Label for your bottle
Fill your bottle mostly all the way up with your witch-hazel or alcohol. Next add 10-15 drops of your essential oils combinations of your choice. Thats it! You can play with different smells and concentrations of essential oils each time you run out. I love citrus scents in the summer, cinnamon and orange the fall, and wintergreen scents in the cold weather. I also adore plain old vanilla as well.
If you prefer to not use essential oils all together, consider using a hydrosol of your fav smelling plants/herbs instead as a room spray or refresher instead. They are easy to make (I spy a future blogpost) or can be purchased on Etsy.
A note on essential oils – Make sure you are using oils from reputable, RESPONSIBLE companies that are harvesting the oils ethically. I’m gonna be bold and state the unpopular opinion that is avoid MLM’s like Doterra and Young Living altogether. This is coming from someone who sold Doterra and has tried all kinds of oils. Dr Aviva Romm has an excellent podcast with Mindy Green, a clinical aromatherapist on proper usage and sustainability of essential oils. The podcast is worth a listen and the show notes page has an excellent resource list I will be referencing for a long time.
Fourscore and about three years ago, I got tired and overwhelmed by all the stuff in my life and began my journey into minimalism. Here is what I have learned so far:
It’s work – Once you get past all the decluttering, and figure out how you want whatever you minimized to look, you have to do regular maintenance to keep it that way. Things pile up, and if you don’t take stock regularly then you can slip back in to old habits. This was true for me with our home renovation. My home was a mess, everything was boxed up and stacked away and so I would find myself buying doubles of things, and making purchases I didn’t truly need or even like. The Target runs to escape the noise of the renovation waylaid all the work I did to disconnect myself from using retail therapy as a way to feel good. Luckily, I was able to check myself constantly because I know my goals and what I needed in my life because of minimalism.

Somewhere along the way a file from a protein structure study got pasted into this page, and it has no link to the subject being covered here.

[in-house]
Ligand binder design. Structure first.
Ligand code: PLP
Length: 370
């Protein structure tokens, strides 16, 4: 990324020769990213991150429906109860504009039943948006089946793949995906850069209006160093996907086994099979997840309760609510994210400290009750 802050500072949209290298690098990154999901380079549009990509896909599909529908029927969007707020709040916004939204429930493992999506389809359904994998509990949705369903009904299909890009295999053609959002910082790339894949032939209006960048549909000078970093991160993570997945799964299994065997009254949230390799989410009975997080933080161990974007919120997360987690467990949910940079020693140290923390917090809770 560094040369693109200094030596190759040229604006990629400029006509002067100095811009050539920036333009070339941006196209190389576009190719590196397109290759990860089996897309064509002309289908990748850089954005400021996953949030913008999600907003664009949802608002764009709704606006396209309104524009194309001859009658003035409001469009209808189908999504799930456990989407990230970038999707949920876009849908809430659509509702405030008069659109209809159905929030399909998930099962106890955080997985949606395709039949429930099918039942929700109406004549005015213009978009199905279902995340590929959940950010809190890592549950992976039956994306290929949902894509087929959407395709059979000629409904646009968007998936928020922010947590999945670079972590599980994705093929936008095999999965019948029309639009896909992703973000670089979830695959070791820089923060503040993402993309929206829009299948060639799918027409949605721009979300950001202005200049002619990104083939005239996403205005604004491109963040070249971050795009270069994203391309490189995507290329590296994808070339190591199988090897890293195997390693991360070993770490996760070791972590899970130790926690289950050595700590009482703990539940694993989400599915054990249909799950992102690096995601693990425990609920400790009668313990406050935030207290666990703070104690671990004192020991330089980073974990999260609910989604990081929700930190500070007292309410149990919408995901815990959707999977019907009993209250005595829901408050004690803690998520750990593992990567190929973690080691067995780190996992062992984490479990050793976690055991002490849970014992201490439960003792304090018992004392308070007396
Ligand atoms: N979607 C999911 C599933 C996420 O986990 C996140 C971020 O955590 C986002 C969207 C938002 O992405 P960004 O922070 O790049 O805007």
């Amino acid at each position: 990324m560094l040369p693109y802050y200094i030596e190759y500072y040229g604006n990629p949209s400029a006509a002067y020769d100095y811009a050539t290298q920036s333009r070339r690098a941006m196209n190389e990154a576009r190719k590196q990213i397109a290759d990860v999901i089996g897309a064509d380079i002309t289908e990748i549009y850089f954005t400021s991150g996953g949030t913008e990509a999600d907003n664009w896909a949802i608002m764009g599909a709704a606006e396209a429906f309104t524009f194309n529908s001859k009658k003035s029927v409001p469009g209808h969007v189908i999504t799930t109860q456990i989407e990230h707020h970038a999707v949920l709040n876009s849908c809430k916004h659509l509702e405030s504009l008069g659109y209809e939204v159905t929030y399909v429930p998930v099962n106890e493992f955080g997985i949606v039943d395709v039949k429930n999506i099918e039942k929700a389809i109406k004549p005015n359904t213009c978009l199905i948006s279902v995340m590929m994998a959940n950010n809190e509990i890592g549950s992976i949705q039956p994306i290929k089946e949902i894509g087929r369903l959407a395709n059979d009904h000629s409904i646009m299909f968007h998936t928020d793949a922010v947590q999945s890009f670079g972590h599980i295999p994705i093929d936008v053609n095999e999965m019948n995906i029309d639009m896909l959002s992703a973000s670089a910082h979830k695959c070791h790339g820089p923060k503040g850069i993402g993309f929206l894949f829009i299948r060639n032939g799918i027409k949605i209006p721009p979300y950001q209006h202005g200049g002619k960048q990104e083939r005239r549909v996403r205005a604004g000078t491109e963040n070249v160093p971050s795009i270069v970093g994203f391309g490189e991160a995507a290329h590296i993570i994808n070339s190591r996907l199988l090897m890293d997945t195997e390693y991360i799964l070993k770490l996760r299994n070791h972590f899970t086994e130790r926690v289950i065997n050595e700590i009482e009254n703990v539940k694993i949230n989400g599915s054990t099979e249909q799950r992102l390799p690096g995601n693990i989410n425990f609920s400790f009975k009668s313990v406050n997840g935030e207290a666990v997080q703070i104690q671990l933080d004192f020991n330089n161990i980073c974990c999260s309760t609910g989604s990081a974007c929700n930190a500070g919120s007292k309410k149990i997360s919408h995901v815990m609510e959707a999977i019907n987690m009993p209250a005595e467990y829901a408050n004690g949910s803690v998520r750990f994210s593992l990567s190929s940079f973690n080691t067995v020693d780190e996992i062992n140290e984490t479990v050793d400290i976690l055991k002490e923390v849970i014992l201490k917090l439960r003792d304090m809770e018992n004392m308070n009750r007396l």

Its good for me and the planet – “Do you really need this?” Is a question I never used to ask myself. If I liked it, and I had the means, I got it. That ended up in piles of unused or discarded items. Now, I take into account the story of how the object that I am bringing into my life came to be. This makes for a lot less impulse choices, which is good for everyone.
Its easier – When you have less stuff, its easier to clean, to be honest, to be still, to take stock.
I am not a one handbag kinda gal – I like cute things, but with minimalism, I’ve learned to look at something and imagine how it would work for me through all seasons of my life. If I can’t see it withstanding some wear/tear then I don’t need it, but I am not stopping myself from owning/enjoying beautiful things. Some minimalists have one utilitarian bag that they use for everything. I have a few vintage, adorable, and gifted bags that I enjoy wearing and switching out often. Not very minimal, but they bring me joy.
Everyone will look different – Living with less looks different for everyone. That’s it. No need/room for judgement.
I make room for beauty more – In a way that I never did before minimalism. Sure I had beautiful stuff before, but it got lost in the noise of clutter. Now I can look at the art on my wall and really see it. It has been great for my creativity too.
You see everything – Clutter does a good job of hiding dirt. When walls and floors are bare of clutter, you see all the dirt and grime. When you have two scraggly dogs, a messy toddler, and a mechanic for a husband, the floors and walls hide nothing. But that’s just life. If you come over, I am probably sweeping up dog fur, scrubbing at a grease stain or wiping blueberries from EVERYTHING. Or I am saying this let’s go outside and look at my garden and ignore my filthy house.
It makes me a better person – Clutter makes me anxious. Anxiety makes me controlling, angry, distracted, and unmotivated. That is not fun for me or anyone around me. So, bye bye clutter.
You don’t have to follow the norm – Your life and your space should suit YOUR life, your functional and emotional needs. Play with it and figure out what works for you.
You question everything – I am not quite sure if this is a good thing or a bad thing, because it elicits a couple eye rolls from people around me every once in a while. It looks like me cuddling an item and thinking about whether or not it will serve me or bring me joy in the thrift store, or journaling to understand my thoughts and feelings about life’s many questions. Tedious? Maybe. Worth it? Yes.
In July, I got to go to the International baby-wearing conference that happened in Iowa. It was fun to meet fellow baby-wearers I have been interacting with for the past two years and meet them face to face. I was especially excited to be around fellow Black baby-wearers.
It is no secret that I love supporting POC makers, wearers and artists. A few months ago I learned about Helina Baby Inc , a Canadian based baby wearing company founded by a black woman. Upon my discovery, I slid rather quickly into their DM’s and joined their ambassador program and they so graciously sent it to me to try out.